Climate change

Life on Earth is disappearing fast and will continue to do so unless urgent action is taken. Well designed and effectively managed systems of protected areas are a vital tool for reducing biodiversity loss while delivering environmental goods and services that underpin sustainable development. There are currently over 130,000 protected areas worldwide, covering around 13.9 % of the Earth’s land surface and 5.9 % of the territorial marine surface. These areas represent a tremendous resource for conserving biodiversity and for protecting vital ecosystem services.

ARMENTANO. T.V.; DOREN, R.F.; PLATT, W.J., and MULLINS, T., 1995. Effects of Hurricane Andrew on coastal and interior forests of southern Florida: Overview and synthesis. Journal of Coastal Research, SI No. 21, pp. 111-144. Fort Lauderdale (Florida), ISSN 0749-0208. The effects of Hurrican Andrew upn the forests of south Florida as of early 1994 are summarized from studies conducted at sites located within the track of the storm as it passed across the peninsula. Updated information on the storm's track and eyewall configuration also is provided.

Climate change is a major threat to global biodiversity. From the tropics to the Poles, the world’s ecosystems are all under pressure. A study published in the scientific journal Nature posited that 15 to 37% of terrestrial animal and plant species could be at risk of extinction because of human-induced impacts on climate (Thomas et al., 2004). Scattered across the four corners of the Earth, European Union overseas entities, are home to a biological diversity that is as rich as it is vulnerable.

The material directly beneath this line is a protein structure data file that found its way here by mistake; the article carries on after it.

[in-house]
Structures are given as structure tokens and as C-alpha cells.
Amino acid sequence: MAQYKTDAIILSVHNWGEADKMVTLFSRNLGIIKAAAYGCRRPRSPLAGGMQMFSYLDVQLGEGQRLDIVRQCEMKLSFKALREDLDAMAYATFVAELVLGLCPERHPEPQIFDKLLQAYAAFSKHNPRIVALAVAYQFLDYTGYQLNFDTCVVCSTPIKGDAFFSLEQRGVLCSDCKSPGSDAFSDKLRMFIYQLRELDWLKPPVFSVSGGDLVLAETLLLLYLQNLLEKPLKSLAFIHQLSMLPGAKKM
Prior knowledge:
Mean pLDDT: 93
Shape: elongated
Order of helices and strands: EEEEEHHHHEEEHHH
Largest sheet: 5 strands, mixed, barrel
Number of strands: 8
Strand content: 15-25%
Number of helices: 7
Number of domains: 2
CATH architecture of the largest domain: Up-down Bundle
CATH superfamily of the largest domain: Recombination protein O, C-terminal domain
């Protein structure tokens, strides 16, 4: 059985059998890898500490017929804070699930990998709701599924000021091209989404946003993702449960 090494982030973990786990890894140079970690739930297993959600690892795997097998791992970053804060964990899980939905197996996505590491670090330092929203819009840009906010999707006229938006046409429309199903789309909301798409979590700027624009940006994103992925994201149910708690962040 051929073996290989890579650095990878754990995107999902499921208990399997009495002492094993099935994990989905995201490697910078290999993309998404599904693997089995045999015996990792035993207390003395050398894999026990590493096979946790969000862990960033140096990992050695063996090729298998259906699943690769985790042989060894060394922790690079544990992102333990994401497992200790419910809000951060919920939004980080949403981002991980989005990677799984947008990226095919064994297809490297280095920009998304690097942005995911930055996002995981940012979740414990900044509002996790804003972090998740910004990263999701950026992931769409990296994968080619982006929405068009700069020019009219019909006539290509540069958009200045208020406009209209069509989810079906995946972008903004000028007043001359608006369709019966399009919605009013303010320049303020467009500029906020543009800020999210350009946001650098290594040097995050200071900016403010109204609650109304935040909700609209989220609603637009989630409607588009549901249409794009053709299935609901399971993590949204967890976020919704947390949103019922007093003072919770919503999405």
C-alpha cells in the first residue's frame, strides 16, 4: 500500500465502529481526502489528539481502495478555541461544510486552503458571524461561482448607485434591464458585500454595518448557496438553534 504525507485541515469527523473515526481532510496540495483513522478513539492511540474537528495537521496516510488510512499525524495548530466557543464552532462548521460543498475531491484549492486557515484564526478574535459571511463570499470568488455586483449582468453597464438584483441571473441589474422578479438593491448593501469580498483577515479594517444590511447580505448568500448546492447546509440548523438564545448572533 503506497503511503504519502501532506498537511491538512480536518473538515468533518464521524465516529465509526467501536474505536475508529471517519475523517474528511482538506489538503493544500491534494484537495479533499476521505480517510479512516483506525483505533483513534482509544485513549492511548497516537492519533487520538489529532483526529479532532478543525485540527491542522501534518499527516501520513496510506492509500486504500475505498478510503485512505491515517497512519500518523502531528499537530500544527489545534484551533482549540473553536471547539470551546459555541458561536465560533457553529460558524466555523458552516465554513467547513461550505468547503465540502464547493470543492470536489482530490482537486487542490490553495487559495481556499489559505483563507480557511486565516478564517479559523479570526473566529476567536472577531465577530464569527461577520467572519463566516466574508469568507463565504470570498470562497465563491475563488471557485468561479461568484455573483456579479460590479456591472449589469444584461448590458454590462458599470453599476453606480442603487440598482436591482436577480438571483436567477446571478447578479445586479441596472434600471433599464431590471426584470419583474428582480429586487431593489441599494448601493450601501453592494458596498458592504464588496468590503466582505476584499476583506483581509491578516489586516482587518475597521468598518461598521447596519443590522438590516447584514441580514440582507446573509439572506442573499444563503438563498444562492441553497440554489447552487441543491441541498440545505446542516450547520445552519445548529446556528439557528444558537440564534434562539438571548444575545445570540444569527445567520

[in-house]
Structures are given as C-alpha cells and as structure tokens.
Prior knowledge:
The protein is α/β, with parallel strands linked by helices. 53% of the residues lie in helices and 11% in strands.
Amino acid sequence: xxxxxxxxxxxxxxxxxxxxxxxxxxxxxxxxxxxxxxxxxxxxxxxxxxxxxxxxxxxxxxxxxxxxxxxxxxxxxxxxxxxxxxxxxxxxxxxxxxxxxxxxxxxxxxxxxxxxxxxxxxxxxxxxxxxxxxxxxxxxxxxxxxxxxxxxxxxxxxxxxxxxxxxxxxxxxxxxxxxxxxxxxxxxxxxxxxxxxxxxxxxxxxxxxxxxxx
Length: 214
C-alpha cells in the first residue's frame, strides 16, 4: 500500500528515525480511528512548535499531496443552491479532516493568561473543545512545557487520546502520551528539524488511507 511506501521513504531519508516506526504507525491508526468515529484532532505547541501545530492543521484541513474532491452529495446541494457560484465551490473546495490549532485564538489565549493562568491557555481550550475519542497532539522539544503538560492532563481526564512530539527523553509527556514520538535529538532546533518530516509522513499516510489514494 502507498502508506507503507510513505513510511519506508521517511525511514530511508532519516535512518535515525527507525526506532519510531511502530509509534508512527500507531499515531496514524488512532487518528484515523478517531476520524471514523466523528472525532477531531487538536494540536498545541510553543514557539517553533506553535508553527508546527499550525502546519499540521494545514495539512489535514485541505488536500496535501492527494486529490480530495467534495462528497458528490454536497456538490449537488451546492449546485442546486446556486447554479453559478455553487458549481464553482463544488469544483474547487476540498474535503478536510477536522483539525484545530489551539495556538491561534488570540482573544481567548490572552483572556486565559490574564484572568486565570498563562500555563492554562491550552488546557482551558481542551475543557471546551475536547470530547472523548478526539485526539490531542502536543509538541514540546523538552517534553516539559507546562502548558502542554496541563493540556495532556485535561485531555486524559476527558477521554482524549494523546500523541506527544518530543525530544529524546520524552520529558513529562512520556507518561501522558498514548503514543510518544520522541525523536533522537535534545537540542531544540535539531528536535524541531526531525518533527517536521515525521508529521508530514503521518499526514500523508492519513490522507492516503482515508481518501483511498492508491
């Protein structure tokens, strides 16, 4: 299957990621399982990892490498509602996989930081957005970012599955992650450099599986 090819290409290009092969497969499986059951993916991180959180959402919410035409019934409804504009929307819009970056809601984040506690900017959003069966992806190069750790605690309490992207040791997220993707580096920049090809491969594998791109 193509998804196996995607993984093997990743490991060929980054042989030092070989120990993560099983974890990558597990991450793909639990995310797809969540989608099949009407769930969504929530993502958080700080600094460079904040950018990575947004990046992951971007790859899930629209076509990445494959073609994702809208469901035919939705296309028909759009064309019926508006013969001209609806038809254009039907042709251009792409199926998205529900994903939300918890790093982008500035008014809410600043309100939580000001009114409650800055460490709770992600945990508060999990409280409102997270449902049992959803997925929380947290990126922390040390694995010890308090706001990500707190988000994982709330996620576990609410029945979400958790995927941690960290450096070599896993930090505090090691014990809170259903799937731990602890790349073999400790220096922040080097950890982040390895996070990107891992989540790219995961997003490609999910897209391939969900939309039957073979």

Don’t bring risky plant material, fruit or cut flowers into your country or take them to another country without advice from your Quarantine Service. Make sure shoes and personal items are clean and free of plant seeds and insects.

In hardwood subtropical forests of southern Florida, nonnative vines have been hypothesized to be detrimental, as many species form dense ‘‘vine blankets’’ that shroud the forest. To investigate the effects of nonnative vines in post-hurricane regeneration, we set up four large (two pairs of 30 3 60 m) study areas in each of three study sites.

On September 2, 2004 Hurricane Frances (Category 3) passed directly over San Salvador Island, The Bahamas. This event offered the opportunity to gather baseline data regarding the impact of hurricanes on populations of the invasive Australian pine (Casuarina equisettifolia L.) in the Bahamas. Results of vegetation surveys within both forest stands and beach environments suggest that the overall impact of this hurricane was minimal.

Questions: Do past disturbance, soil nutrients, or species diversity predict the invasion success of the alien tree Pittosporum undulatum in an island montane rain forest? What are the consequences of its invasion for forest composition and species diversity? Location: Blue Mountains, Jamaica. Methods: Censuses of trees ? 3 cm DBH in permanent plots in four sites within ca. 7 ha; 1974–2004 (intensive sites) and in 16 plots within 250 ha; 1990–2004 (extensive plots).